Review: Inside Llewyn Davis

Inside Llewyn Davis
9 10

PLOT: In 1961 New York, a down-on-his-luck folksinger attempts to revive his dwindling career while saddled with a stray cat and the news he might be the father of his friend's wife.

REVIEW: Folksinger with a cat. Oscar Isaac's Llewyn Davis is described as such by an arrogant blowhard played by John Goodman at one point during INSIDE LLEWYN DAVIS because that is, in fact what he is when the two men's paths cross. That is all he is, actually, because Davis has little else going for him: his desire to continue following his passion and his uncharacteristic (if brief) need to protect a stray cat. We only know him for about a week of his life, but we can surmise that with Llewyn Davis the passion will always remain, but the protectiveness is an aberration, because as is the case with many deeply flawed characters created by writer-directors The Coen Brothers, he's equal parts cynic and romantic, at once nostalgic about his world and cognizant it can, and probably will, bite him on the back at any moment.

The Coen Brothers can do cynical in their sleep, but nailing the nostalgic part isn't always their specialty, but INSIDE LLEWYN DAVIS reveals itself to be the filmmakers' most sentimental and melancholic work, imbued with the haunted misery of its protagonist. It's also a touching tribute to the early 60s folk scene, with a thoroughly beautiful soundtrack produced by T Bone Burnett, who last collaborated with the Coens on O Brother, Where Art Thou? The Coens flawlessly recreate the mellow atmosphere of the Greenwich Village coffeehouses where struggling acts sought to make their art, with gorgeous cinematography by Bruno Delbonnel adding a barely perceptual ethereal glow to Davis' sad tale.


Davis is a self-described mess, having been that way since the suicide of his singing partner years prior. Trying to make it as a solo act is a tough feat, especially since despite his lovely voice he doesn't have the charisma or charm to make it alone in front of the crowd. And though he's determined to persevere, his failure has perhaps already destined, and the bitterness he displays indicates he already knows it. Isaac is splendid in the role, his big eyes hint at a hapless dreamer unprepared for the cruel world, yet at any moment Davis can conjure a snob's malice, striking out like a rattlesnake at the sincere people he encounters, like the kindly neighbor who deigns to sing along with one of his songs. Of course, he'll take a night or two on your couch if you can spare it; gratitude is not his forte, but his neediness knows no bounds.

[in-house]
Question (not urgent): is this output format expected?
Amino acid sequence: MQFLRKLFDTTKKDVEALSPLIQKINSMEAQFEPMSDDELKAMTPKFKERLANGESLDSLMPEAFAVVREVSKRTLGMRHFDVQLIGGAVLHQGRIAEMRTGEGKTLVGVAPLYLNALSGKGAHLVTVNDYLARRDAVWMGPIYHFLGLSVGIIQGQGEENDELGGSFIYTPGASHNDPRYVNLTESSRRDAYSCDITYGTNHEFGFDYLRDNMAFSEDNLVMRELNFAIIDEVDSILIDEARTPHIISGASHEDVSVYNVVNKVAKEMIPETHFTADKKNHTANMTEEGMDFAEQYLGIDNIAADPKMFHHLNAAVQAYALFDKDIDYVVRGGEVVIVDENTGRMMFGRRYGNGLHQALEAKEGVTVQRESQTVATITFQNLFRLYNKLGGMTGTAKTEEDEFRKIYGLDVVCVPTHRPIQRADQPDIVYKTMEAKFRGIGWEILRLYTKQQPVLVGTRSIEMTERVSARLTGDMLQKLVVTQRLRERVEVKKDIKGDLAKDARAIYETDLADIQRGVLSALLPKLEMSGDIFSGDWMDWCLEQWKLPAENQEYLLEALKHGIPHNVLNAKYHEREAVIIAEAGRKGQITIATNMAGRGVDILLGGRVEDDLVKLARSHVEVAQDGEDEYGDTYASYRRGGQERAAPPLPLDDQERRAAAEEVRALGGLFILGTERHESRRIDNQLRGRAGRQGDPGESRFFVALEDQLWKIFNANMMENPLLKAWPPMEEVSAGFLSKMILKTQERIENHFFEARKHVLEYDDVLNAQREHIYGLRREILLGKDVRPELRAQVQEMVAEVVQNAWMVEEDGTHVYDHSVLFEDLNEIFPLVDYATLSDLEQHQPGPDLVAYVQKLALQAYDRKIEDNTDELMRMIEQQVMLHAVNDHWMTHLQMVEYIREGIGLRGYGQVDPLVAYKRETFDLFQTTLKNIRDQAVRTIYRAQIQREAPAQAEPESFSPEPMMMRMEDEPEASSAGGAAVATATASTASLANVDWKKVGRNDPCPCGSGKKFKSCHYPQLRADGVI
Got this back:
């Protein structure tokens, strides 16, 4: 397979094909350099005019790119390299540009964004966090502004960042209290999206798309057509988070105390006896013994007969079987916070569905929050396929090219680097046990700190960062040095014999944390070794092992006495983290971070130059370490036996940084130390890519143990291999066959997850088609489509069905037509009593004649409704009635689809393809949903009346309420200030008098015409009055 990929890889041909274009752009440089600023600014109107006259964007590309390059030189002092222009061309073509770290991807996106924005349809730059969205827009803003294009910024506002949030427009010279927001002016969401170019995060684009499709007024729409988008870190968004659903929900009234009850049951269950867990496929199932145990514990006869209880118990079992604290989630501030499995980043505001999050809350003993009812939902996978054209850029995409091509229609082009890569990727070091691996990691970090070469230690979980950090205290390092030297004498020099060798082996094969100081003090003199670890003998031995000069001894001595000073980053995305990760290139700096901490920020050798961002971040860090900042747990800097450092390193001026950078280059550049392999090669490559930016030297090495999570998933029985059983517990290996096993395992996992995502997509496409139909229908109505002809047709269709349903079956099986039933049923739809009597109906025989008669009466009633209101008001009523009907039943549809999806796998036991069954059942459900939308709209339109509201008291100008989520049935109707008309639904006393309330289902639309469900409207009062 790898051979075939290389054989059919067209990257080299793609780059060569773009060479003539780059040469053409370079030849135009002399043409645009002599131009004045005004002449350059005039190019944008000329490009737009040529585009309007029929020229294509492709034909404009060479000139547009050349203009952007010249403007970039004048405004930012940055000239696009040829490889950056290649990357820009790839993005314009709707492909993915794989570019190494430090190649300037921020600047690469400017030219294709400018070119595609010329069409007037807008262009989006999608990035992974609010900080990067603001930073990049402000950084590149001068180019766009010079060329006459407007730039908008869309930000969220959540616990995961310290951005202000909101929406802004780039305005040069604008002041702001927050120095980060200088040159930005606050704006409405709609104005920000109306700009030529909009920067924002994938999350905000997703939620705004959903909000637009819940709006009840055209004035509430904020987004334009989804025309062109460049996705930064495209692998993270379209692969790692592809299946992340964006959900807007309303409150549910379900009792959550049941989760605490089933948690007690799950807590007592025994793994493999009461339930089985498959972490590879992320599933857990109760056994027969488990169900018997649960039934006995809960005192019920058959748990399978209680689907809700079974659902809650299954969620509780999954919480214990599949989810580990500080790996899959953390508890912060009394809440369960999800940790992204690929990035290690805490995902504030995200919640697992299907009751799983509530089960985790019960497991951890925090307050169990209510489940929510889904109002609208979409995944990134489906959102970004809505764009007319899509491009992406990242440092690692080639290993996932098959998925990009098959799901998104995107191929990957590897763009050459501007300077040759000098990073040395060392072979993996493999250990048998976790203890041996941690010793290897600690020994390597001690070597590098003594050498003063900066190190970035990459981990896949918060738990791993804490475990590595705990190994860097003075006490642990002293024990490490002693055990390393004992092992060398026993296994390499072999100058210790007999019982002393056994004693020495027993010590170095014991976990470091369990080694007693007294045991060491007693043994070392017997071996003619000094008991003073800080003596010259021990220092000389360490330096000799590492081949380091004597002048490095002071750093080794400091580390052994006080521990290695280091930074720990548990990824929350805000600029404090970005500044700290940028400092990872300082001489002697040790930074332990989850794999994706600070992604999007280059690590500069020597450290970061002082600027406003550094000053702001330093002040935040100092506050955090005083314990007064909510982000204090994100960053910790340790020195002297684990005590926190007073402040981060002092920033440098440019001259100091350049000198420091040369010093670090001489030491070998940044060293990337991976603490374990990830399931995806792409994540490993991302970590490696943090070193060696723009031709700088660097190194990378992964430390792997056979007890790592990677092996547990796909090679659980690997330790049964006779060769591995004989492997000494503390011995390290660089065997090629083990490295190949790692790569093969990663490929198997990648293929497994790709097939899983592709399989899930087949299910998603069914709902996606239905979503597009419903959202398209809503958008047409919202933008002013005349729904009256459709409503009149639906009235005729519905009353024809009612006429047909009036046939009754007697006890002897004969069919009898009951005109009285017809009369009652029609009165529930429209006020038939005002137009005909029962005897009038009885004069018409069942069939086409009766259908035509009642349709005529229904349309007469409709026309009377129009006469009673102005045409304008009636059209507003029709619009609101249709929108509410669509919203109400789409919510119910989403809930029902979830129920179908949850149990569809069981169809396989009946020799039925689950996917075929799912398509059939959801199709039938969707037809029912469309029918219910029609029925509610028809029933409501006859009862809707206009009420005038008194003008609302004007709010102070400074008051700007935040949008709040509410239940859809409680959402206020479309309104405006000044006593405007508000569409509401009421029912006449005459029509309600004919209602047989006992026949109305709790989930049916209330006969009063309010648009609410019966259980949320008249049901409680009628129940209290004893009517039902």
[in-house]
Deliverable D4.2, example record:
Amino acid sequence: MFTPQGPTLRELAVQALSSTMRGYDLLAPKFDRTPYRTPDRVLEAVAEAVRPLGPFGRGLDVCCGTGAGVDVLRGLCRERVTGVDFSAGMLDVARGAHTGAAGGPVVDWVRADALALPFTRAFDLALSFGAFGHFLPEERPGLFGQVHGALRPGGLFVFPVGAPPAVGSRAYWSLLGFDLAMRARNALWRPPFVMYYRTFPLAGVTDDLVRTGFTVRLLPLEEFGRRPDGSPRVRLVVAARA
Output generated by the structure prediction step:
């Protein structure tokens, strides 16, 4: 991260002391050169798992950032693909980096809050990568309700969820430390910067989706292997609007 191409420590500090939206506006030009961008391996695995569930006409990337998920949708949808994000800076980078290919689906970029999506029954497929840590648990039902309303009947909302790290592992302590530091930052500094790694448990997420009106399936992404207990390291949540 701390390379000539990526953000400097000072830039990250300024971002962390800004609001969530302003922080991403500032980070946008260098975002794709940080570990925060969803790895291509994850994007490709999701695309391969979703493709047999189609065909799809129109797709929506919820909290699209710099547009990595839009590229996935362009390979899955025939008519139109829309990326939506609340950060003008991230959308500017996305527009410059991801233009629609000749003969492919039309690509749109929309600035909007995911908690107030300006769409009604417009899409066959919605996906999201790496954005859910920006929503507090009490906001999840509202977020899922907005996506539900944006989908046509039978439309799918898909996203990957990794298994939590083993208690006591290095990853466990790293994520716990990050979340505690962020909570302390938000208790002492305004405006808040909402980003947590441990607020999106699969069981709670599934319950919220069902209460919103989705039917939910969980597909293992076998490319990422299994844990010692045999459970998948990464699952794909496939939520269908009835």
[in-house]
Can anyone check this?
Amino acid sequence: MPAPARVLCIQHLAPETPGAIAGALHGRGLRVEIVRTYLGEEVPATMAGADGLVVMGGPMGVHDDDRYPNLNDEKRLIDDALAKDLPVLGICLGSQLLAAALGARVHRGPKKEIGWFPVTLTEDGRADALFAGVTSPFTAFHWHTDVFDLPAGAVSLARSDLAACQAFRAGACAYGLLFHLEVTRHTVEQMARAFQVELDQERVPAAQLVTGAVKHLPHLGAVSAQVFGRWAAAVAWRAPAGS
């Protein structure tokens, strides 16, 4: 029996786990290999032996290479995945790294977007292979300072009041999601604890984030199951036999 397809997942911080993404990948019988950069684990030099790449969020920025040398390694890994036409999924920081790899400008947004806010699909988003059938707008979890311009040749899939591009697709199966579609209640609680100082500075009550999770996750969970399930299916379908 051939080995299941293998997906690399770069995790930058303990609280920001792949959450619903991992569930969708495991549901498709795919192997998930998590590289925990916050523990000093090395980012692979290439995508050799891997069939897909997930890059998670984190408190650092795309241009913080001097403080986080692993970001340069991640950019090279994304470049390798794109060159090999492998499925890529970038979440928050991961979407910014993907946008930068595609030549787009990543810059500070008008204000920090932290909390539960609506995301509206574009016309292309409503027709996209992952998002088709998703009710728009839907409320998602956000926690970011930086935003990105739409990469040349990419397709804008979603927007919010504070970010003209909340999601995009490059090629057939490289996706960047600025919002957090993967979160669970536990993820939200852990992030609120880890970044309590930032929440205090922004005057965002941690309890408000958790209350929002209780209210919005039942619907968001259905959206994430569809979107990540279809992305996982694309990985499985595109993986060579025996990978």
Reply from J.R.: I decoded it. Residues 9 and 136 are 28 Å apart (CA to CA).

The Coens' don't sugarcoat their lead nor the sad state of affairs he finds himself in, as can be expected, and this film won't please you optimists and true believers. The directors know better than anyone that happy endings rarely come to fruition, but more often than not they see the dark, dismal humor in life's way of screwing you over. Yet this is not misanthropic on the Coens' part, at least not in this instance: INSIDE LLEWYN DAVIS is a beautiful movie - it's just "beautiful" done the Coen Brothers way.

The events we witness during this particular week of Davis' life are at turns mundane and considerable. He loses a neighbor's cat and miraculously retrieves him in the middle of a crowded street, only to discover it's not the same cat. He gets a gig working alongside his friend Jim (Justin Timberlake) on a goofy novelty song, but he's also just found out that Jim's wife and musical partner Jean (Carey Mulligan) is pregnant and thinks the child is his (not that they're romantic at the moment; Jean's caustic attitude toward Llewyn borders on hatred). He finds the opportunity to travel to Chicago to perform for super producer Bud Grossman (F. Murray Abraham) but must travel there with a surly, drug-addicted musician (Goodman) and a mysterious, brooding young man (Garrett Hedlund); their extended trip reveals little about any of them and the experience is ultimately trivial. When Davis' big moment arrives and things appear as though they could turn around, the anticlimax is so very Coen Brothers, who have always excelled at culminating things on a sardonically meek note.

But if Davis' journey is not exactly that of Ulysses', the Coens' ability to make every scene hum with a world-weary, deadpan humor enlivens his every encounter and defeat. Naturally, the brothers populate INSIDE LLEWYN DAVIS with wonderfully unique supporting characters and have cast the roles perfectly; it's not just the John Goodmans and Justin Timberlakes that resonate, but the Ethan Phillips' and Stark Sands'. It's feasible that no one casts a film as well as the Coens, who rarely, if ever, hit a false note with their performers. The side characters' moments are fittingly brief, as this is indeed the story of Llewyn Davis, but every face in the ensemble is the right one.

I'm prone to taking notes during screenings; I like to jot down descriptions of scenes and lines of dialogue, moments that strike me - it just helps with the impending review. I barely took any during INSIDE LLEWYN DAVIS, which is testament to how absorbing the film is. I wrote down a couple of things very early on, then stopped after jotting down "I love it already", which may have been around the 10 minute mark. Sometimes a movie simply has a captivating power, even if it's a subtle power, that transfixes you, enfolds you. INSIDE LLEWYN DAVIS is like that.

Source: JoBlo.com



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